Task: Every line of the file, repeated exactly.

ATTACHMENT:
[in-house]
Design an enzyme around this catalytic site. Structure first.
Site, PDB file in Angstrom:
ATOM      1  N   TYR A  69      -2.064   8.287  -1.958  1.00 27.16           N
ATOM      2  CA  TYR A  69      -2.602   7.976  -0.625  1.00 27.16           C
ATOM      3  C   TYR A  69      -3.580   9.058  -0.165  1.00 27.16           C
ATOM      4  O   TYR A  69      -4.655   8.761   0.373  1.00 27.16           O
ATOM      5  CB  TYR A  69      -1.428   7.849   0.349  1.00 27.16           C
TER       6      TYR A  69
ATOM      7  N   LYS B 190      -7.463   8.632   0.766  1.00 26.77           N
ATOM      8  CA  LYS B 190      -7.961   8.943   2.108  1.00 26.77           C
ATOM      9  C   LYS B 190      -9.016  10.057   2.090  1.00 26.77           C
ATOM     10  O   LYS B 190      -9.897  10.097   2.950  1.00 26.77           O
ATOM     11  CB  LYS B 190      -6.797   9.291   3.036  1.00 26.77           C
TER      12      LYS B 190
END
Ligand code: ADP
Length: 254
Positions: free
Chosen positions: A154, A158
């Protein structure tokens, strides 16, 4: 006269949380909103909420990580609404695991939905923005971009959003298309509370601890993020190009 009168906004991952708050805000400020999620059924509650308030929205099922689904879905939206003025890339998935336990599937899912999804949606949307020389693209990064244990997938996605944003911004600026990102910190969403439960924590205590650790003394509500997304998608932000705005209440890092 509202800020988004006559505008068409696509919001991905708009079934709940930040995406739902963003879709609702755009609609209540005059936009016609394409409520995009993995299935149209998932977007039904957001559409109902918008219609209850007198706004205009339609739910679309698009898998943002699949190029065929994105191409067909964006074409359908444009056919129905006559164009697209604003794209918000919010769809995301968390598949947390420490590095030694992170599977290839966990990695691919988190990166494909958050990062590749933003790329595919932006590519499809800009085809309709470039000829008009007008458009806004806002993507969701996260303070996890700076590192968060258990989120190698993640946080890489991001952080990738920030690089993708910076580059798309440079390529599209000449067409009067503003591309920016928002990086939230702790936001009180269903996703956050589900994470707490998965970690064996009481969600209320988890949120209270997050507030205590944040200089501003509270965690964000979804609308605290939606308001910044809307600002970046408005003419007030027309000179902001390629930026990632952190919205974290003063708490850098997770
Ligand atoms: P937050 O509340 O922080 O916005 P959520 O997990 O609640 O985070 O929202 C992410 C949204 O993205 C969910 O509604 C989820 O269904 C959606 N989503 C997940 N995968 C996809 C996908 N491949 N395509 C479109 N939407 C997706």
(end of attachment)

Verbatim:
[in-house]
Design an enzyme around this catalytic site. Structure first.
Site, PDB file in Angstrom:
ATOM      1  N   TYR A  69      -2.064   8.287  -1.958  1.00 27.16           N
ATOM      2  CA  TYR A  69      -2.602   7.976  -0.625  1.00 27.16           C
ATOM      3  C   TYR A  69      -3.580   9.058  -0.165  1.00 27.16           C
ATOM      4  O   TYR A  69      -4.655   8.761   0.373  1.00 27.16           O
ATOM      5  CB  TYR A  69      -1.428   7.849   0.349  1.00 27.16           C
TER       6      TYR A  69
ATOM      7  N   LYS B 190      -7.463   8.632   0.766  1.00 26.77           N
ATOM      8  CA  LYS B 190      -7.961   8.943   2.108  1.00 26.77           C
ATOM      9  C   LYS B 190      -9.016  10.057   2.090  1.00 26.77           C
ATOM     10  O   LYS B 190      -9.897  10.097   2.950  1.00 26.77           O
ATOM     11  CB  LYS B 190      -6.797   9.291   3.036  1.00 26.77           C
TER      12      LYS B 190
END
Ligand code: ADP
Length: 254
Positions: free
Chosen positions: A154, A158
């Protein structure tokens, strides 16, 4: 006269949380909103909420990580609404695991939905923005971009959003298309509370601890993020190009 009168906004991952708050805000400020999620059924509650308030929205099922689904879905939206003025890339998935336990599937899912999804949606949307020389693209990064244990997938996605944003911004600026990102910190969403439960924590205590650790003394509500997304998608932000705005209440890092 509202800020988004006559505008068409696509919001991905708009079934709940930040995406739902963003879709609702755009609609209540005059936009016609394409409520995009993995299935149209998932977007039904957001559409109902918008219609209850007198706004205009339609739910679309698009898998943002699949190029065929994105191409067909964006074409359908444009056919129905006559164009697209604003794209918000919010769809995301968390598949947390420490590095030694992170599977290839966990990695691919988190990166494909958050990062590749933003790329595919932006590519499809800009085809309709470039000829008009007008458009806004806002993507969701996260303070996890700076590192968060258990989120190698993640946080890489991001952080990738920030690089993708910076580059798309440079390529599209000449067409009067503003591309920016928002990086939230702790936001009180269903996703956050589900994470707490998965970690064996009481969600209320988890949120209270997050507030205590944040200089501003509270965690964000979804609308605290939606308001910044809307600002970046408005003419007030027309000179902001390629930026990632952190919205974290003063708490850098997770
Ligand atoms: P937050 O509340 O922080 O916005 P959520 O997990 O609640 O985070 O929202 C992410 C949204 O993205 C969910 O509604 C989820 O269904 C959606 N989503 C997940 N995968 C996809 C996908 N491949 N395509 C479109 N939407 C997706």